One of the safeguards recommended by the AAA auto club is to leave extra time on a holiday road trip for unexpected delays.
Not everyone may be going over the river and through the woods this holiday season, but according to the Bureau of Transportation Statistics, the year-end stretch marks one of the busiest travel times in the United States.
Their statistics say during the Christmas to New Year holiday season, travel is up 23 percent from its normal rate. The average length of the year-end holiday road trip is 275 miles, compared with the rest of the year’s 261.
The Bureau also said 91 percent of those embarking on a holiday journey do it by car.
“No one likes to think about their own mortality, but if you don’t drive safely on the road then there is a very real chance that you will hurt or kill yourself or someone else,” a road safety Web site warns.
New Mexico’s AAA not only provides tips for safe family travel but also offers fuel saving tips and ways to keep your car safe from auto theft.
A well-planned trip is the safest one, the auto club said. Mapping out the course is an essential first step, with maps available online at www.mapquest.com, www.maps.google.com and www.aaamaps.com, just to name a few. Those without Internet access can contact the nearest AAA travel office listed in the phone book and they said they can help hook up a custom trip.
Fuel can be saved by using cruise control to maintain consistent speed, choosing a route that doesn’t include a lot of congestion or stop and go traffic and by keeping the load light, said the auto club. Not only does a heavier load require more fuel, but strapping packages to the top of the car also creates wind resistance. Fuel costs can be calculated at www.fuelcostcalculator.com.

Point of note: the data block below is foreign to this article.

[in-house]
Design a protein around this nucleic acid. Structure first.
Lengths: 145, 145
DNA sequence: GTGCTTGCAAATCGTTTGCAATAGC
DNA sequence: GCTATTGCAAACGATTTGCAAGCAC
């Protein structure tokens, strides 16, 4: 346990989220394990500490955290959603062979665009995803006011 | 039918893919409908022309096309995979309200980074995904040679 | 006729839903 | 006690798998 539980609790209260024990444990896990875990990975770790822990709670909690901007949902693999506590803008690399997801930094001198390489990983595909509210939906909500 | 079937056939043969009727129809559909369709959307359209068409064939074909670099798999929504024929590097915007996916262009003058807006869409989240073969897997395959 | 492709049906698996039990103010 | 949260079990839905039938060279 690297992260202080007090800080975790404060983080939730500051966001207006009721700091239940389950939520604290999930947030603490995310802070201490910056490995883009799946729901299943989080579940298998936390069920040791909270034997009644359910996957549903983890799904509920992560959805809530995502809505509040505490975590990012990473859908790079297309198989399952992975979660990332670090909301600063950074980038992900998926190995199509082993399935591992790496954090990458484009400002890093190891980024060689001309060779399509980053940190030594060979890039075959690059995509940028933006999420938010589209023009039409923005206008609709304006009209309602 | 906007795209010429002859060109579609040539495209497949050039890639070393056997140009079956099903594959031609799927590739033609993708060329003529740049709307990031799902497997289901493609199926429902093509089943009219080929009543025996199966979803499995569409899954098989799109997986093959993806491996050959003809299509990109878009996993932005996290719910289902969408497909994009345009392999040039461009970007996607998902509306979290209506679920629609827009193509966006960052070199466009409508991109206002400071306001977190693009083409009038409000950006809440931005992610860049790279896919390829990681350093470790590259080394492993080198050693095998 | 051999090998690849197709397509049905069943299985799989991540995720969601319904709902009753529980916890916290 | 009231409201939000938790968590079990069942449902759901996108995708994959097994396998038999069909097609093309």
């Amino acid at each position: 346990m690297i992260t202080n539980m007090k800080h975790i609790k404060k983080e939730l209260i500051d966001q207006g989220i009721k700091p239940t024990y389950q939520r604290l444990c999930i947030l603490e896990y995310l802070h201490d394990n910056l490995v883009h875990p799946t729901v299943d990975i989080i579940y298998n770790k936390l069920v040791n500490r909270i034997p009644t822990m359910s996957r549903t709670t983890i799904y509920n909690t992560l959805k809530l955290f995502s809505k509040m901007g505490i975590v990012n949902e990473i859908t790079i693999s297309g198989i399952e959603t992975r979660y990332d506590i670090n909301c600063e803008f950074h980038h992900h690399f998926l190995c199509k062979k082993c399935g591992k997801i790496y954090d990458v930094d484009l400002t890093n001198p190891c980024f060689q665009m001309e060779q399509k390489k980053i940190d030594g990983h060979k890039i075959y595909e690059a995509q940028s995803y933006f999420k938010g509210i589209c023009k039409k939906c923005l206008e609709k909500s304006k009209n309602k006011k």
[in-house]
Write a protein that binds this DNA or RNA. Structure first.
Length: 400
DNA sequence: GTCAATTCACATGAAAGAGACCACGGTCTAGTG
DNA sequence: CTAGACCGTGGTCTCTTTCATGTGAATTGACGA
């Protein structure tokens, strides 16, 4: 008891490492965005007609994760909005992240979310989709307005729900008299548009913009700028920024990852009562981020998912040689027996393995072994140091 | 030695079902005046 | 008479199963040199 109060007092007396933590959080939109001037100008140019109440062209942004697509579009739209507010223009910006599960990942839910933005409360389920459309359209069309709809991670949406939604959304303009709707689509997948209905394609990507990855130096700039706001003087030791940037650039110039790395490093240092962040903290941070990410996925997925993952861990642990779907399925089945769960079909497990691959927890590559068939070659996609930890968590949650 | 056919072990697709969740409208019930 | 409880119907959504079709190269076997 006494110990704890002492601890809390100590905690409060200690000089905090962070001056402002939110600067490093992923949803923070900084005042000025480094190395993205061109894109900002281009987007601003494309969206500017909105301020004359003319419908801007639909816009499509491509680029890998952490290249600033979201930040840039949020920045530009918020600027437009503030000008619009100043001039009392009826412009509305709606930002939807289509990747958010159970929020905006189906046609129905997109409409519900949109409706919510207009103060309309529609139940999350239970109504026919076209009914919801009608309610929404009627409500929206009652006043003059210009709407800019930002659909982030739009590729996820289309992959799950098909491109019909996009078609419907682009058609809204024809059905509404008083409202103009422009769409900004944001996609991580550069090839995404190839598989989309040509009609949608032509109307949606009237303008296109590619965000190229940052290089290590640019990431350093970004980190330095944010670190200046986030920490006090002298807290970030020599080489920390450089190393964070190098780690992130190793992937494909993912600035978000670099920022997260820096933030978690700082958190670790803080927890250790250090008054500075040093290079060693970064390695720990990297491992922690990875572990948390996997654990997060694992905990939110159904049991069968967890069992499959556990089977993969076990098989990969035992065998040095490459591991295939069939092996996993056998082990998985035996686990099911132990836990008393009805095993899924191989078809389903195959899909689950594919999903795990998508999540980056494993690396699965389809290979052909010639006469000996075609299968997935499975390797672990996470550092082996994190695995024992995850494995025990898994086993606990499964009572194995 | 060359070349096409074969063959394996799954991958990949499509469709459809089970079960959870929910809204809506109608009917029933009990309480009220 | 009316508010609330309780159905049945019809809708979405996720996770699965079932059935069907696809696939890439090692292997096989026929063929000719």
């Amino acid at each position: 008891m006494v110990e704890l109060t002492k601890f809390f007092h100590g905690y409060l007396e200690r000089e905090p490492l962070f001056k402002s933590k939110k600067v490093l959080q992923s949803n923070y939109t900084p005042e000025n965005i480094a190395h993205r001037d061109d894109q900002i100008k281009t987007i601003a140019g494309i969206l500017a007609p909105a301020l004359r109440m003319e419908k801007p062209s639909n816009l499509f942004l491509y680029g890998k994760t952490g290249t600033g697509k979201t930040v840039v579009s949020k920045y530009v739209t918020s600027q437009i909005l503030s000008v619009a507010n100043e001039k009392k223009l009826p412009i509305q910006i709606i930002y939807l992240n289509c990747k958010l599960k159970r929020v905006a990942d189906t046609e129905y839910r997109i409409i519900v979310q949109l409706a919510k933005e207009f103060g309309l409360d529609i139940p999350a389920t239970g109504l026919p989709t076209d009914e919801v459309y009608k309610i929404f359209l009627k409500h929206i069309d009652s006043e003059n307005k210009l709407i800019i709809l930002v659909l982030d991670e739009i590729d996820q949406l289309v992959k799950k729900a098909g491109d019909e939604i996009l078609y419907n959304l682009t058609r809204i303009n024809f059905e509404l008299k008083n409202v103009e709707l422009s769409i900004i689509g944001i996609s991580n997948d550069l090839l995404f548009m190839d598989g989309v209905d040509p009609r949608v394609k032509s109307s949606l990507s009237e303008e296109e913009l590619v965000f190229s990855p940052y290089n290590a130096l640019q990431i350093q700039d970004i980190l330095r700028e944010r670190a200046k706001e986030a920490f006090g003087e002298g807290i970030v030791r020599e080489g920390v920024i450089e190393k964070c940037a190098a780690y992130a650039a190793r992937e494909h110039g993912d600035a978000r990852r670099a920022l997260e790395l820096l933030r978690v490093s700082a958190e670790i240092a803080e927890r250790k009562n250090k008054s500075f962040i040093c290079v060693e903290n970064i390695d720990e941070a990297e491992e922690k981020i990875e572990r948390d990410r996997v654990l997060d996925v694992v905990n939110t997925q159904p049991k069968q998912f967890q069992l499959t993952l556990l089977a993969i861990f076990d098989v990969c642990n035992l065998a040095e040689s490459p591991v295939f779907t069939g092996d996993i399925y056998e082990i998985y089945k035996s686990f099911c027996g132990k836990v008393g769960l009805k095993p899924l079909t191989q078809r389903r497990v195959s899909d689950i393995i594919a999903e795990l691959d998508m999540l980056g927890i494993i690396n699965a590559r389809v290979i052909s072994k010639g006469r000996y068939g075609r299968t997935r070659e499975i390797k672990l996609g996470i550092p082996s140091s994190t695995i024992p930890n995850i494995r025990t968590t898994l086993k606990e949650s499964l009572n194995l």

Of course, safe and efficient car travel tips become unnecessary if the car gets stolen in the first place. The FBI reports while overall car thefts across the country were down – but still surpassing the one million mark - vehicle thefts rose in New Mexico by nearly 10 percent over the last two years, with total cars stolen in 2004 at 7,902.
“Consumers need to be aware that even with high-tech vehicles and anti-theft devices, the likelihood of becoming a car theft victim is higher in the west than in other parts of the country,” said Brenda Yager, pubic and government affairs manager for AAA New Mexico. “Theft prevention is the key.”
Some tips from the auto club include parking in well-lighted areas, using a variety of security devices, like a car alarm coupled with a steering wheel lock, and never leaving the windows down or the car unlocked, even for a second. They also recommend etching the vehicle’s identification number (VIN) onto the windows and major parts of the vehicle so it’s more difficult for thieves to chop it up and sell it on the black market.
The FBI reported the combined value of motor vehicles stolen in 2004 across the nation at approximately $7.6 billion.
Safe travel tips
Get a car check-up.
Allow extra time for unexpected factors.
Start fresh, not after staying up late packing the night before.
Try to drive in daylight when visibility is best.
Stay alert at the wheel.
Take a break: make a rest stop every two hours or 100 miles.
Wear seat belts and use properly installed safety seats for children.
Source: AAA New Mexico